"Tanner is really having a great week for himself so far," said Biggins. "Coming in, I considered him to be one of the top five or six guys here, but I think he's even moved up from there after his performance the first couple of days. He's obviously very accurate and has a good arm, but I would like to see him just spin it out of his hand a bit more consistently. Once he gets that, he'll really have pretty much all that you need to be a great quarterback."
While both quarterbacks are enjoying similar success this week, their approach to the camp and how they play is quite different.
"Tanner is a playbook junkie, almost nerd-like in that way," said Biggins. "Whenever we ask a question, his hand shoots straight up, and we're like 'Tanner, give the other guys a chance.' He's a natural leader and very vocal, which you always like to see from your quarterback. Travis, on the other hand, is a lot more laid-back in his approach to things. I don't want to say that he doesn't study up and know his stuff, because he does, he's just not as vocal as Tanner."
Both Mangum and Wilson are very aware of where the other is committed to play football. They've become good friends during the week, but they're already starting to draw the competitive lines that have defined the BYU-Utah rivalry over the years.
"I remember the first day, I showed up with my BYU jersey on, and Travis really gave me a hard time about it," said Mangum. "He was like 'Get that ugly thing off and out of my face,' but it was a lot of fun. We've both learned about the rivalry, and I'm sure we'll get a full sense of it once we're in the programs."
While Wilson did his best to get Mangum out of his BYU jersey the first day, he's been trying ever so hard to get him out of that yellow jersey ever since.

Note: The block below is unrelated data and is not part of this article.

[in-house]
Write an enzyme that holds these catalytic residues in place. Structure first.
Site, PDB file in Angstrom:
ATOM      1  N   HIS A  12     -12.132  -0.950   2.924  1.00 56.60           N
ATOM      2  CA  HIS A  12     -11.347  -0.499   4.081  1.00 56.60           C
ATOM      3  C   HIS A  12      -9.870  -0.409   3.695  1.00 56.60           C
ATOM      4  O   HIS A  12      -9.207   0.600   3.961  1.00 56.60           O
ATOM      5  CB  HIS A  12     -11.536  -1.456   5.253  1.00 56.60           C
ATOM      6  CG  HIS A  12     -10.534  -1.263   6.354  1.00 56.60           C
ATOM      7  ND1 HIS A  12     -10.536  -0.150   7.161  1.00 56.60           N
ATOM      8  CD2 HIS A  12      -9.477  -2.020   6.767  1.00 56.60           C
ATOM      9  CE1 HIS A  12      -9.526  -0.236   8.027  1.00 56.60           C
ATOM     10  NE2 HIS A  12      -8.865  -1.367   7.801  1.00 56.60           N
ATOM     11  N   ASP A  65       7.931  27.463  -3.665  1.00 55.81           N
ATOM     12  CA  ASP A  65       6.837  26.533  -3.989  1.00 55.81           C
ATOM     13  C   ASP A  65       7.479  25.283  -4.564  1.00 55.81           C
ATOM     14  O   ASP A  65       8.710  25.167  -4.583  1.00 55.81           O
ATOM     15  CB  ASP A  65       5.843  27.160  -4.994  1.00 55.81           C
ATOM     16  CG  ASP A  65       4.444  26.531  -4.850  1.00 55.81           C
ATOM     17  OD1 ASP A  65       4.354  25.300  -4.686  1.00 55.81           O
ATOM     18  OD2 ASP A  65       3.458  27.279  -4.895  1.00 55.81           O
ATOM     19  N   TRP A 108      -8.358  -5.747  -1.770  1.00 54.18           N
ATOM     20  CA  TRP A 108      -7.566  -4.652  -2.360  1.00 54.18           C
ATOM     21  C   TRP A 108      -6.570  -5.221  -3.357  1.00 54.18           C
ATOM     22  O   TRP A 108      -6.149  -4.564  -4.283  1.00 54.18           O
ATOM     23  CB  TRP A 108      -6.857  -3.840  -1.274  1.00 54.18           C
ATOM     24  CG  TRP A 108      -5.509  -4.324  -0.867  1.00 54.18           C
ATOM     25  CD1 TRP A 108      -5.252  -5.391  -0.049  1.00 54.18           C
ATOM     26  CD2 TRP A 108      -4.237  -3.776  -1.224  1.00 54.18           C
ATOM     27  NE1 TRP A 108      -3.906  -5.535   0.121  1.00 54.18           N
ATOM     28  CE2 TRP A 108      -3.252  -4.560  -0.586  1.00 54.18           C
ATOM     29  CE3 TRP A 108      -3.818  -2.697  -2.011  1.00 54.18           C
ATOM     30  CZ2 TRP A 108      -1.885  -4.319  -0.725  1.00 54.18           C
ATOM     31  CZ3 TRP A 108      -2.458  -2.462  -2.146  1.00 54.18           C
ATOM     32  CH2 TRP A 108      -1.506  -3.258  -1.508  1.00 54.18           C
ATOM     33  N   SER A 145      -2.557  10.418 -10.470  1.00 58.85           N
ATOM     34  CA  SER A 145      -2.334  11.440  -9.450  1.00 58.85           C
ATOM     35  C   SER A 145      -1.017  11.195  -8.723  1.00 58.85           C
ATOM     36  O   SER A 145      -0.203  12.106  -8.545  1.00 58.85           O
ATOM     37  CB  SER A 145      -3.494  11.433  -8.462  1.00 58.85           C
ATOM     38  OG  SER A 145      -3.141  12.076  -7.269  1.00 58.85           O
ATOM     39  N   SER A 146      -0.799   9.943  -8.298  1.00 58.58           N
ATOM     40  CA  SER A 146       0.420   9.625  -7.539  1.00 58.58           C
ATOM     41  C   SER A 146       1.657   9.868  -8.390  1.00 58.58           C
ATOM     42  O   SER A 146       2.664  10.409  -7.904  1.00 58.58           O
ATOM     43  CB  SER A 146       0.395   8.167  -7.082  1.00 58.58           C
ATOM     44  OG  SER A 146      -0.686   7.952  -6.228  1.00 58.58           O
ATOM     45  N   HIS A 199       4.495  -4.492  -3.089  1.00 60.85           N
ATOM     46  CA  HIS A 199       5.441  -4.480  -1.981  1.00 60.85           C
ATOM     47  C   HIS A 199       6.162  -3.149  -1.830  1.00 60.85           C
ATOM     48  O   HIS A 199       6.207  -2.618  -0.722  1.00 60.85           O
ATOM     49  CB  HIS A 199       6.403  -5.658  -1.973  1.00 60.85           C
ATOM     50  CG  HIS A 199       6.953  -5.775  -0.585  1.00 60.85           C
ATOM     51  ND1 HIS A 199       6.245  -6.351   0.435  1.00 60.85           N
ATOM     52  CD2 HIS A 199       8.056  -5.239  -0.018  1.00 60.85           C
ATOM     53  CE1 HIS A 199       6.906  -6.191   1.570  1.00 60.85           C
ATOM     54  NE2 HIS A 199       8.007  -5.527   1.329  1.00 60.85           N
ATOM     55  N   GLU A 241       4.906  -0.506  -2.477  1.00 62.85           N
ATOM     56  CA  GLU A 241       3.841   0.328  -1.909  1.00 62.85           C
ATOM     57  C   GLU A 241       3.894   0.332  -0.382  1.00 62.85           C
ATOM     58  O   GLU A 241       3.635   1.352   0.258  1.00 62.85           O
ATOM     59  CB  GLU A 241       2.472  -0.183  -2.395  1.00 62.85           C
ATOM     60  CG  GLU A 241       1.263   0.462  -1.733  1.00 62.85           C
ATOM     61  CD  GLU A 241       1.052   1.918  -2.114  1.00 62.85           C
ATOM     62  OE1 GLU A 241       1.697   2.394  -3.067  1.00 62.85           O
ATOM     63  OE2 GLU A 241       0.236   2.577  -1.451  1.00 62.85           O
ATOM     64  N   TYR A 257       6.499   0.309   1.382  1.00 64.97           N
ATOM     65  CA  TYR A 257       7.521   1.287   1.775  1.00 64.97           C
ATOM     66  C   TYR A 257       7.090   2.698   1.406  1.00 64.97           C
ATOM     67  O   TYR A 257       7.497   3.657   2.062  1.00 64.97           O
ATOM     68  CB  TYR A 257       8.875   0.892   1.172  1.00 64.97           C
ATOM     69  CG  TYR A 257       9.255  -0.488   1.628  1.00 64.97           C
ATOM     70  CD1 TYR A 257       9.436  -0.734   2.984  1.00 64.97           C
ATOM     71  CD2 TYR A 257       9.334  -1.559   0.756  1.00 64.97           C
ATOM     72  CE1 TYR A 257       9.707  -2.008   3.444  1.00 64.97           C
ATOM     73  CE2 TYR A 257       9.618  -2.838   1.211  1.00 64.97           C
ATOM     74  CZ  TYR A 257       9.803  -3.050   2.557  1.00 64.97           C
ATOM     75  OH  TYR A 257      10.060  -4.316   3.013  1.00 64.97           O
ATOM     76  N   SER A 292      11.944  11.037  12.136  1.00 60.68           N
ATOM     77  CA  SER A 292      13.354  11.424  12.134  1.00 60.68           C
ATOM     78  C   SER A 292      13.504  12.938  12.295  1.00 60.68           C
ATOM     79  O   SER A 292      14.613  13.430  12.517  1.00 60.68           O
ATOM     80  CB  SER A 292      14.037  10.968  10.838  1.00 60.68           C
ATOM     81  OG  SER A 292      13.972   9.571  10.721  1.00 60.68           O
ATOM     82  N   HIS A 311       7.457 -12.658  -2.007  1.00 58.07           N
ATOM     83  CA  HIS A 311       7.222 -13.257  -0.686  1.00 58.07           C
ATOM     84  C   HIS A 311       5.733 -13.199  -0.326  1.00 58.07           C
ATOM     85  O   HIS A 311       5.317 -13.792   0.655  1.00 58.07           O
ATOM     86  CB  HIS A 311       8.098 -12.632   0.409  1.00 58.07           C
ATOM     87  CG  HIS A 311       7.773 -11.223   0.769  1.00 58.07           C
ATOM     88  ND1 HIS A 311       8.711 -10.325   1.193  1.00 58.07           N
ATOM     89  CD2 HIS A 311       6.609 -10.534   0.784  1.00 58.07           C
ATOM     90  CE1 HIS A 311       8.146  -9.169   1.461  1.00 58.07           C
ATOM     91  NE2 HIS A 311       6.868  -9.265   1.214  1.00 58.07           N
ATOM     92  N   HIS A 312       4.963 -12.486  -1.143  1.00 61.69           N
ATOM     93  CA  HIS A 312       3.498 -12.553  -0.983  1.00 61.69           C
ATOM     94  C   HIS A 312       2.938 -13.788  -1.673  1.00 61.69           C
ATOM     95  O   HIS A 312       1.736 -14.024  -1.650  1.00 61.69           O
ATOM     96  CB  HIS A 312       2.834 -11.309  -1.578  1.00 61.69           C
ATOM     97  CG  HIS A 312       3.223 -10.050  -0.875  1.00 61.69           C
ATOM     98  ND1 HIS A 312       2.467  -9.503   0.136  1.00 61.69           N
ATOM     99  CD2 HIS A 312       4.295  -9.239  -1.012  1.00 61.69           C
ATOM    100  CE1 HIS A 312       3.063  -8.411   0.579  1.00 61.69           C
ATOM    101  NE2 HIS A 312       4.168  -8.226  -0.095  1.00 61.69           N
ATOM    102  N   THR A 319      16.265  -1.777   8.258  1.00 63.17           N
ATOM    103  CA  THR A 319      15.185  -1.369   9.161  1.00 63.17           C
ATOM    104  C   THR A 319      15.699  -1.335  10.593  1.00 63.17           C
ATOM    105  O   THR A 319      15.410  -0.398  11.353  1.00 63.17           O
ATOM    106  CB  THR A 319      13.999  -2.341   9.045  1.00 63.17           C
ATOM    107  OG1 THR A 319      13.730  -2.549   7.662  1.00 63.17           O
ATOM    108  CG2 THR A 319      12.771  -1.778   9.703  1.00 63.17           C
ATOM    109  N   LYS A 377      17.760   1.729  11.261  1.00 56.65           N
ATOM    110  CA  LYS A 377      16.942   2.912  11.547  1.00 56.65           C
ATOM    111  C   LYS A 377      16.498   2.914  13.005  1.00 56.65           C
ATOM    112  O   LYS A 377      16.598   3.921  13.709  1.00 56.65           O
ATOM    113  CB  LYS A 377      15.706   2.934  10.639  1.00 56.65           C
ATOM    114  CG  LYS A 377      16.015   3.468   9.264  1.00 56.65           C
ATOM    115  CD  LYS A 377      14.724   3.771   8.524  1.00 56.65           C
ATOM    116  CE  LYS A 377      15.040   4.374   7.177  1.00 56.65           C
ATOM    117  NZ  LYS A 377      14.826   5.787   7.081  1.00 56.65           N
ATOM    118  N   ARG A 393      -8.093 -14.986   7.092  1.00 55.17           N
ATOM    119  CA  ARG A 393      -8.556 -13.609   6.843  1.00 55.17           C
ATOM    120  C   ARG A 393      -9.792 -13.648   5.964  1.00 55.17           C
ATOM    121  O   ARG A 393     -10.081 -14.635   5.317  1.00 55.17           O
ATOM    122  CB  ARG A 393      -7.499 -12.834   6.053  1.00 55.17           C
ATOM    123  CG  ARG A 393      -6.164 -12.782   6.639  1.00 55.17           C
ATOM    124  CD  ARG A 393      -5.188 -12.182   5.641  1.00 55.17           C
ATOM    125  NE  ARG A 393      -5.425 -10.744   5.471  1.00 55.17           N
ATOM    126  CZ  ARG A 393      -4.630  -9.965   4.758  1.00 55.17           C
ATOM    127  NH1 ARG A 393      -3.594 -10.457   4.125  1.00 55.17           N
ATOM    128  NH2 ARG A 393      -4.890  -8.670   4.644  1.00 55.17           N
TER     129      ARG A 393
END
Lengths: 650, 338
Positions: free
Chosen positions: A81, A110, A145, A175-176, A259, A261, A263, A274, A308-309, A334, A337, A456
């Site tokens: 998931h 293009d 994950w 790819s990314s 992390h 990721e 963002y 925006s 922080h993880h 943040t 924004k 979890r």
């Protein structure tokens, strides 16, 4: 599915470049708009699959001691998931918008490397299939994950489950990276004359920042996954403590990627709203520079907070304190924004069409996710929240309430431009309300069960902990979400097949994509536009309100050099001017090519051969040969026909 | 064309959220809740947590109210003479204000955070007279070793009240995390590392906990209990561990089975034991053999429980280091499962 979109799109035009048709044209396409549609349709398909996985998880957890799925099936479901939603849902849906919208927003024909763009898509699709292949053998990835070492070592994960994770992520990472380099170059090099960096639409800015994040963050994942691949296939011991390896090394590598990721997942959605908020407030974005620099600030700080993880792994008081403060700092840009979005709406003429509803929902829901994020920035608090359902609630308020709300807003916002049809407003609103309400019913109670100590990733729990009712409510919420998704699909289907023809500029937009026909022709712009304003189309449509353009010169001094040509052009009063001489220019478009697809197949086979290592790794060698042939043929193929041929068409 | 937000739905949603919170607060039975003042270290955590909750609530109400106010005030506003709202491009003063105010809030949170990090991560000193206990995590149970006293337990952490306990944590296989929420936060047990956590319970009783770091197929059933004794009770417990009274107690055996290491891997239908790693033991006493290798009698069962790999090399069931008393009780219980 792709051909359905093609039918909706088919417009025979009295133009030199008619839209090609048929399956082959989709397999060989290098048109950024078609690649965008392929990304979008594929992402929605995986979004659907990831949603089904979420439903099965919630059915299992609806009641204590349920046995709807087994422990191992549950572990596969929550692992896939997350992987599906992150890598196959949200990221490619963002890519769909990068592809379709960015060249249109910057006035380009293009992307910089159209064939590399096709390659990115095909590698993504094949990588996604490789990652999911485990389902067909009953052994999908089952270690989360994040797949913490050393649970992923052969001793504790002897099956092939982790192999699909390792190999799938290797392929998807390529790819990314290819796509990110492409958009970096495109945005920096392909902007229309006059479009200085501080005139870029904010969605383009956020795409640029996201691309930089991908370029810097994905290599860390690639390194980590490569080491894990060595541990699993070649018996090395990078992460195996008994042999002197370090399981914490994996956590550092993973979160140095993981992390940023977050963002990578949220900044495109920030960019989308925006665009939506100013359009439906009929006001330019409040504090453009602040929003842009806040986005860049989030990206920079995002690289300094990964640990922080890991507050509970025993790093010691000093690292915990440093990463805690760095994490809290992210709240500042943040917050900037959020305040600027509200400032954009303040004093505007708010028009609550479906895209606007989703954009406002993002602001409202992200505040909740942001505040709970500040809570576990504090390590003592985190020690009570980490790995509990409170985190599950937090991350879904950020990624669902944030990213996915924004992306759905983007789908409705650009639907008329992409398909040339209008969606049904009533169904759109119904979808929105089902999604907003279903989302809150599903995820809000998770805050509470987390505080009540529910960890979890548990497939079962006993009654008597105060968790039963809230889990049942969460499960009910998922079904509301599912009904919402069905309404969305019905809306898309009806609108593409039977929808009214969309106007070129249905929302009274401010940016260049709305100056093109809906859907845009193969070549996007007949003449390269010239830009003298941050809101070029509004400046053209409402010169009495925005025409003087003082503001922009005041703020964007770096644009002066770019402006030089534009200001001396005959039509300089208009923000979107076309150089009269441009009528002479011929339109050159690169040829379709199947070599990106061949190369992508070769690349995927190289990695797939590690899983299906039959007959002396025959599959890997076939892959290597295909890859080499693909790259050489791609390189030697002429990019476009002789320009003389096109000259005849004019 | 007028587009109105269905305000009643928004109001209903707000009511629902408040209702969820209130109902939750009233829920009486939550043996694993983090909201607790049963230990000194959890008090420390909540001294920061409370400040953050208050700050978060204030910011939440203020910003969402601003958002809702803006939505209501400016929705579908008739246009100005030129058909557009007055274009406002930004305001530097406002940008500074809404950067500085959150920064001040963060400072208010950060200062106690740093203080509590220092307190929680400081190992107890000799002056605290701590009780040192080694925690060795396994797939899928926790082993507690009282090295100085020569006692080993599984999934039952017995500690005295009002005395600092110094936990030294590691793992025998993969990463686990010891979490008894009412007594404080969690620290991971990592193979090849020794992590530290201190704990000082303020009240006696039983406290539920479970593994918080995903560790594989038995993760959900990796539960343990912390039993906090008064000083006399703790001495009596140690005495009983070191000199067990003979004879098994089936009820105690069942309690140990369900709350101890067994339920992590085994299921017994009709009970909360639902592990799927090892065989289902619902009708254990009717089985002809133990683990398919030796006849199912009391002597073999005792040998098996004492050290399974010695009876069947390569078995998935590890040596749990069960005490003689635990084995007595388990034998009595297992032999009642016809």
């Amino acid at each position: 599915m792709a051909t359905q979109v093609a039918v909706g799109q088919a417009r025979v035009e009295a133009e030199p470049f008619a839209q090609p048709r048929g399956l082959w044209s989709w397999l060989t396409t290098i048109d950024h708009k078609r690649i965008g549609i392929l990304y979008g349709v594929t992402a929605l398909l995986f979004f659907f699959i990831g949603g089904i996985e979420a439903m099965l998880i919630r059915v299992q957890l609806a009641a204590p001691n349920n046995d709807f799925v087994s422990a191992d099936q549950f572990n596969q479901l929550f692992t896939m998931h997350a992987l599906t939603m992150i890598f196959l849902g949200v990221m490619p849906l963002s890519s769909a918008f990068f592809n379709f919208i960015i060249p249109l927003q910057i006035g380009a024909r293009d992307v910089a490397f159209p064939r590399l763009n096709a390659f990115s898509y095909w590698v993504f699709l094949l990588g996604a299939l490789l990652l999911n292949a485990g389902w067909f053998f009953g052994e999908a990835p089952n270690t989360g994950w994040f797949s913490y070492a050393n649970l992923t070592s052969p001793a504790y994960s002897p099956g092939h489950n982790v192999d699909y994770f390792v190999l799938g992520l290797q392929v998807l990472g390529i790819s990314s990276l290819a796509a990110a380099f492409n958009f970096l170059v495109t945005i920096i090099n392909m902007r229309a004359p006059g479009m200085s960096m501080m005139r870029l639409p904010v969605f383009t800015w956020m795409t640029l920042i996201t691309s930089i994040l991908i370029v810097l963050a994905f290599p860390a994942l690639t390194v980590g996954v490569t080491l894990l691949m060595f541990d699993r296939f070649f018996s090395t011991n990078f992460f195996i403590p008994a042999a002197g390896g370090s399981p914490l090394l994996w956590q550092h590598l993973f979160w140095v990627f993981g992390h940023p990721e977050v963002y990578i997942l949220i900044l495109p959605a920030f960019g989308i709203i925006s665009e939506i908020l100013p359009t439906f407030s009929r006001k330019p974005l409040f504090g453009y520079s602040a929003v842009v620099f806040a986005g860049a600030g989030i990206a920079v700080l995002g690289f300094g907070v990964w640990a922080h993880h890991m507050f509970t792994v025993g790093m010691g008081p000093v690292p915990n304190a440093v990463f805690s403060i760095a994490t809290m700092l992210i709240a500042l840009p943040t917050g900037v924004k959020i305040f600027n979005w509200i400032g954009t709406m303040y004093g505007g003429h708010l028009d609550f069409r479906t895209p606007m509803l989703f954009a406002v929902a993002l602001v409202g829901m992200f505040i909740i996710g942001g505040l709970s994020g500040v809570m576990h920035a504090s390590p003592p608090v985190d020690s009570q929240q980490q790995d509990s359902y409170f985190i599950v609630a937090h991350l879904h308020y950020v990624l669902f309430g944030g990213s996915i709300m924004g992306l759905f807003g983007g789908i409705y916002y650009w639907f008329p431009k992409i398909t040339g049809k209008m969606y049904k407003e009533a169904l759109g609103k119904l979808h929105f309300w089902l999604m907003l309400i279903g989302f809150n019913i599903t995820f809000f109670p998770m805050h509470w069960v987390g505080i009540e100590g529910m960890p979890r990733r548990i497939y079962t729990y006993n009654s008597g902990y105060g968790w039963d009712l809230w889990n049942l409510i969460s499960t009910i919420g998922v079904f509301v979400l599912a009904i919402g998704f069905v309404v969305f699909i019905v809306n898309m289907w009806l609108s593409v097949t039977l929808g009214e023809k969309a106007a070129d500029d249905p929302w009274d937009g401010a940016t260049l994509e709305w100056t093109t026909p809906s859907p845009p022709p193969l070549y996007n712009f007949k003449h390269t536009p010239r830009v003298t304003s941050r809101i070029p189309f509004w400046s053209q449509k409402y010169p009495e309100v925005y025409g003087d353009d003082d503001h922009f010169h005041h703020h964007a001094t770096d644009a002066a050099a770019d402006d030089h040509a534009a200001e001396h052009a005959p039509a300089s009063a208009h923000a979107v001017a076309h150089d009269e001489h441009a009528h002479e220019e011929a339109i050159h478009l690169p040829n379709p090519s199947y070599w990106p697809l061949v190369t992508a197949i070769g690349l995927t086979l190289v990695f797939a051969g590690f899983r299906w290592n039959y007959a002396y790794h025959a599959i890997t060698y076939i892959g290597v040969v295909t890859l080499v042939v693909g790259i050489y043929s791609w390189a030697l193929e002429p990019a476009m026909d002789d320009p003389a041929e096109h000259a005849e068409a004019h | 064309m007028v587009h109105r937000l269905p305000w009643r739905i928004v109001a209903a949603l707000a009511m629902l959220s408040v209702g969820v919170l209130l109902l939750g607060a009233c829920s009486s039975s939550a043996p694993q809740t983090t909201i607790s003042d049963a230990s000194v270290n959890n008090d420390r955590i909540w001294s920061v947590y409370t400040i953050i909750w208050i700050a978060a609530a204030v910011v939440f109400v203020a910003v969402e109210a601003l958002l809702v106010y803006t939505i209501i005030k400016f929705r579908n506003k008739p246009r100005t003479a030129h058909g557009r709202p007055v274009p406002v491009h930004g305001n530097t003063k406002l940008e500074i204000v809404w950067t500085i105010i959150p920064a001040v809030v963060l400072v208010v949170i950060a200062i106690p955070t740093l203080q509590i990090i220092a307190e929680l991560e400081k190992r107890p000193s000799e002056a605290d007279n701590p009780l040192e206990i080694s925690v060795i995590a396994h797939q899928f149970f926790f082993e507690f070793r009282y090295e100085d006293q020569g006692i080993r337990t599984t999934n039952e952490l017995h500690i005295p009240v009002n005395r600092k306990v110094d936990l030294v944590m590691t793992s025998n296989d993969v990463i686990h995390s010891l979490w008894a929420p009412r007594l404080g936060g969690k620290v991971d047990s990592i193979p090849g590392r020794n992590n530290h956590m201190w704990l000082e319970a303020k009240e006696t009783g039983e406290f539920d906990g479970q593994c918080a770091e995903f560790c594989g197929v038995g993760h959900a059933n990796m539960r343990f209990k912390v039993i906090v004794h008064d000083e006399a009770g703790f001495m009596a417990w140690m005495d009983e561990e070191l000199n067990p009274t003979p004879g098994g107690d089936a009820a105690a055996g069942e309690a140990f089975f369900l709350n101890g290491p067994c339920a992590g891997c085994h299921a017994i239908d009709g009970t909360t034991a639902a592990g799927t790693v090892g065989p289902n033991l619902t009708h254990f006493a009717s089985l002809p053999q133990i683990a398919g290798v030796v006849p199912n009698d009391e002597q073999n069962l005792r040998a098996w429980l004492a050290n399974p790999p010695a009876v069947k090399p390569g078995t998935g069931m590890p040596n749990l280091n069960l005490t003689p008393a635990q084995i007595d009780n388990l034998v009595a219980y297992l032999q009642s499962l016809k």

"I see him with that Golden Gun jersey on, and yeah, I really do want to take it away from him," he said. "We can't have a BYU guy winning that award. Seriously though, I'm happy for him. He's a great guy and we've become good friends, and he's obviously earned that award with how well he's done."
No matter what happens until the camp closes on Friday, both prospects couldn't be more grateful for their experiences.
"It's something I've wanted ever since I can remember, to be named as an Elite 11 quarterback," said Mangum, who lives in Eagle, Idaho. "I really wanted it after I saw Cody Hawkins, from Idaho, be named as a finalist, and it was huge for our state."
"It's something that any quarterback prospect wants," added Wilson. "I can't think of anyone who plays quarterback that doesn't have making the Elite 11 as one of his top goals. It was certainly my goal, and I'm close, very close."
According to Biggins, who is on the panel to decide the final Elite 11 quarterbacks, both Mangum and Wilson are right there.
"Both of them are firmly inside of our top 11 right now," he said. "We'll see how that changes or if they stay there, but even if they don't, I can confidently say that both BYU and Utah are getting two of the best quarterback prospects out there."